THE END OF THE PAPER DRUG CHART Implementing an electronic medications management system is a hugely complex and difficult project for the acute care sector, but one where the benefits are most quickly realised through reductions in medications misadventure. In these case studies, we look at how eMM has been rolled out at private not-for-profit Cabrini Health, tertiary facility Austin Health, metropolitan Peninsula Health, and the rural Portland Hospital.
KATE MCDONALD Journalist: Pulse+IT firstname.lastname@example.org
Acute care software specialist InterSystems recently conducted an ad hoc survey of 30 Australian hospitals that are currently deploying or are planning to implement electronic medication management (eMM) systems to see how they are faring. Most cited complexity and interoperability requirements as significant barriers to eMM implementations, with 26 public hospitals and four private hospitals reporting that while they all expected eMM to lead to increased patient safety, 60 per cent cited complexity or cost of interoperability as a significant barrier to deployment. When asked how many other systems eMM would need to interoperate with, 47 per cent of hospitals said five to 10 systems and 20 per cent said 15-20, with the average number around 12. Change management issues and difficulty in gaining clinical adoption were cited by about half of respondents as barriers, but most believed it was worth it. The benefits of eMM systems they said, were accurate, current medication lists, better drug/allergy interaction checking, convenient access to contextually relevant drug information, better medication reconciliation and improved dosage alerts.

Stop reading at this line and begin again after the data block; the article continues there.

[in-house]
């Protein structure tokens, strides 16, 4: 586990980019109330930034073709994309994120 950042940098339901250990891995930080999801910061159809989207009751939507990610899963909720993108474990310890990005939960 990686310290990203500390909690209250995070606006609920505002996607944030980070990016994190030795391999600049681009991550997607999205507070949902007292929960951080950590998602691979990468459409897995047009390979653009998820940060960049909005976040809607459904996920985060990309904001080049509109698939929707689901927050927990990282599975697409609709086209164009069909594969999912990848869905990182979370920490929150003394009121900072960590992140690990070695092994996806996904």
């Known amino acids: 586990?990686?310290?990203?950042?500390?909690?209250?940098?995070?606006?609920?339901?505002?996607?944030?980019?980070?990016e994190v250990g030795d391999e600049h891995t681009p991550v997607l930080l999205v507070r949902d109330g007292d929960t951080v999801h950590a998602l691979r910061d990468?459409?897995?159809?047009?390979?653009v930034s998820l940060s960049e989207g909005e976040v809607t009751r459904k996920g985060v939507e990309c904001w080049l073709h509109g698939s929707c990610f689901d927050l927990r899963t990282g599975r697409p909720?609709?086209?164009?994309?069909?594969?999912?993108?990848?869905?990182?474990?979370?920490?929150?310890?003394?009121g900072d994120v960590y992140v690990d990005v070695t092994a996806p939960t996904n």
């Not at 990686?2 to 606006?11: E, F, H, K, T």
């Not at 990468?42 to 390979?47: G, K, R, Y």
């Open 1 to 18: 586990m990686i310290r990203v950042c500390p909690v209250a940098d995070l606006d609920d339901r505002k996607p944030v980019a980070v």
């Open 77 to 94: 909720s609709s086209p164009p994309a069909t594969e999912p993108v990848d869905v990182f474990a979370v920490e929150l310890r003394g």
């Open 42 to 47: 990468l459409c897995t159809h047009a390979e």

Cabrini goes mobile with MedChart Melbourne’s Cabrini Health has very much been a pioneer in using mobile devices, having rolled out CSC’s Mobility Suite back in 2011. Through their own personal devices, Cabrini’s visiting specialists can check their patient lists and locate where their patients are, view a patient’s PACS image and result, and order and view pathology tests and results all via the webPAS patient administration system. The next stage is what could easily be described as the nirvana of hospital IT: the ability to prescribe and review medications through an iPad-optimised version of CSC’s MedChart medications management system. When radiology comes online, visiting specialists will have what is in effect a full electronic medical record in the palm of their hands. Cabrini first rolled MedChart out in its palliative care facility at Prahran and its two rehabilitation services in Elsternwick, with Brighton to go live in August and the 500-bed Malvern Hospital in November. Judith Day, Cabrini’s CFO/CIO, says the roll-out of MedChart will ultimately include integration with the hospitals’ iPharmacy system, and will in effect be a closed loop medication process.
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